Marc Marquez: MotoGP must choose between the show or ‘perfect’ bikes

Marc Marquez, Jack Miller and Maverick Vinales respond to MotoGP’s likely technical rule changes for 2027.


Marc Marquez has kept the pressure up on MotoGP to give the riders more influence over the performance of their machinery in the future rules.

Nothing is yet official, although negotiations are advancing for the next five-year cycle for technical rules, starting in 2027.

The main changes are expected to involve a reduction in engine size (from 1,000 to 850cc) and aerodynamics, while ride-height devices could be banned and stricter fuel limits imposed.

Six-time MotoGP champion Marquez made clear he wants to see more control in the hands of the riders, to produce a better racing show.

“It depends if you want to have a MotoGP category [for] the show, the spectators or the perfect bike. I prefer to go for the show,” said Marquez, who has switched from Honda to Ducati this season to try and end a two-year win drought.

“If you take out some aerodynamics, if you take out some [ride-height] devices, all these things, I believe that for the show it will be better. Because now it's much more difficult to overtake than in the past.

“A ‘perfect bike’ means going with more aerodynamics, which means the lap times will be faster. But the people at home don't realise if we are one second faster or slower from the TV.

“So I would go this way: Less aerodynamics, everything more manual and for the show it will be better.”

Maverick Vinales, Jack Miller, MotoGP, Qatar MotoGP, 7 March
Maverick Vinales, Jack Miller, MotoGP, Qatar MotoGP, 7 March

Jack Miller: Some manufacturers would like a fresh start!

KTM’s Jack Miller doesn’t care what the future engine size is: “We ride the best bikes in the world. If they’re 850cc or 1200cc we’re going to ride them.”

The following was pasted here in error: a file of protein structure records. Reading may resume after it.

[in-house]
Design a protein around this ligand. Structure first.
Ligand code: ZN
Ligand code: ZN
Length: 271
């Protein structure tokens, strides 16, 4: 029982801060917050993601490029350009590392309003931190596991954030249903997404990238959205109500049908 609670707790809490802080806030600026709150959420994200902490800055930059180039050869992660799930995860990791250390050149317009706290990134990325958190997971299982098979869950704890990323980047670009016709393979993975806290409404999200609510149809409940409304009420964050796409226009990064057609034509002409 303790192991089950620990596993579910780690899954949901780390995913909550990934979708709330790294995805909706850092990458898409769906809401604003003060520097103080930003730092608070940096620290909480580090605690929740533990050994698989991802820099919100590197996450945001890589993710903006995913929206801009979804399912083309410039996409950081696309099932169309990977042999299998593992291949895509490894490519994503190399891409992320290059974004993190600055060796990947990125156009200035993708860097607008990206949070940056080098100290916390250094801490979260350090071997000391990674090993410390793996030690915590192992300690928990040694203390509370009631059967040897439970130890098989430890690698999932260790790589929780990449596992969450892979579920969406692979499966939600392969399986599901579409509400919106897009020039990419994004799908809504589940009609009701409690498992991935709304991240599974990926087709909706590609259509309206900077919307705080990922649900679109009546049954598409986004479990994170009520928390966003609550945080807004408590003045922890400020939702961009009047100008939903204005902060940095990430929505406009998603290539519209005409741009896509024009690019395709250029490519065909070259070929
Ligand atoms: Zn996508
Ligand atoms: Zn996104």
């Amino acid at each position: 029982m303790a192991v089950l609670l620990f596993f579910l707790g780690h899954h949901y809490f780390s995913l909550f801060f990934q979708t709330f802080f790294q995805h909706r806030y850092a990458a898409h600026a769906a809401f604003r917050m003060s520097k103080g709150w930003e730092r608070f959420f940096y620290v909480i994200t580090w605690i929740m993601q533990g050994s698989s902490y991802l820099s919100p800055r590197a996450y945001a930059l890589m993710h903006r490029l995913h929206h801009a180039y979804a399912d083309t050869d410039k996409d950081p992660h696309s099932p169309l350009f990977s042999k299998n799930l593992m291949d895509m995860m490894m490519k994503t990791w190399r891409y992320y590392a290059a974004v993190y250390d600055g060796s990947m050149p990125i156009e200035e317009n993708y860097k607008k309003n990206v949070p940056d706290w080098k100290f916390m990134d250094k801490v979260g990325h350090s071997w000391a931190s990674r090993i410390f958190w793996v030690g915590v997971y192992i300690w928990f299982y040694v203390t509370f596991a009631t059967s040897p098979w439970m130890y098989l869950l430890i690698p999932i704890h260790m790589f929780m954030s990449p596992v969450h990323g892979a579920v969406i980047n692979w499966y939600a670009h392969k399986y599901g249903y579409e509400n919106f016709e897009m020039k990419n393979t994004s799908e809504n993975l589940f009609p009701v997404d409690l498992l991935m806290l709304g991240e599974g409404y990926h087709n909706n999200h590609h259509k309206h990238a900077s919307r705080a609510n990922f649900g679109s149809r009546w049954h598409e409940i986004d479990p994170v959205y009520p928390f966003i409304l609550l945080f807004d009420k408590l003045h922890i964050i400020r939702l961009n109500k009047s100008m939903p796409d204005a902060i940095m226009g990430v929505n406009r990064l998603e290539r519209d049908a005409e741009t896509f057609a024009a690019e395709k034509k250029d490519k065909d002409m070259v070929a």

But the Australian conceded record-breaking speeds are making the racetracks ‘smaller and smaller’, while hinting that a change of engine size could also help the likes of Honda and Yamaha catch-up to the European brands.

“We’re going pretty fast now. Even with my fat arse on the bike we’re able to do 360km/h in Qatar!” Miller said. “We keep getting this issue, the tracks are getting smaller and smaller [because] the speed is getting higher. 360 isn’t ideal but this is the pinnacle of motorcycle racing.

“They’ve been [800cc] before. They ended up coming back [to 1,000cc]. But change is good because it allows some manufacturers to start fresh… And I can think of a few that would like a fresh start!”

The previous 800cc era ran from 2007-2011 meaning that, of the current full-time grid, only Aleix Espargaro raced the smaller engine prototypes.

“I'm not a technician! I never rode [an 800cc] in the past… and 2027 is too far!” said factory Aprilia rider Maverick Vinales of the future rules.

“Maybe they can [even] find more power, I don’t know.  But of course if they take out aero, you cannot put the same amount of power going out of the corners, so probably you cannot reach the same top speeds.”

“So if the purpose is for safety, [maybe] the bikes will be with less top speed.  But I don't know if it's going to be more fun [for the rider] because it's always a different challenge.”

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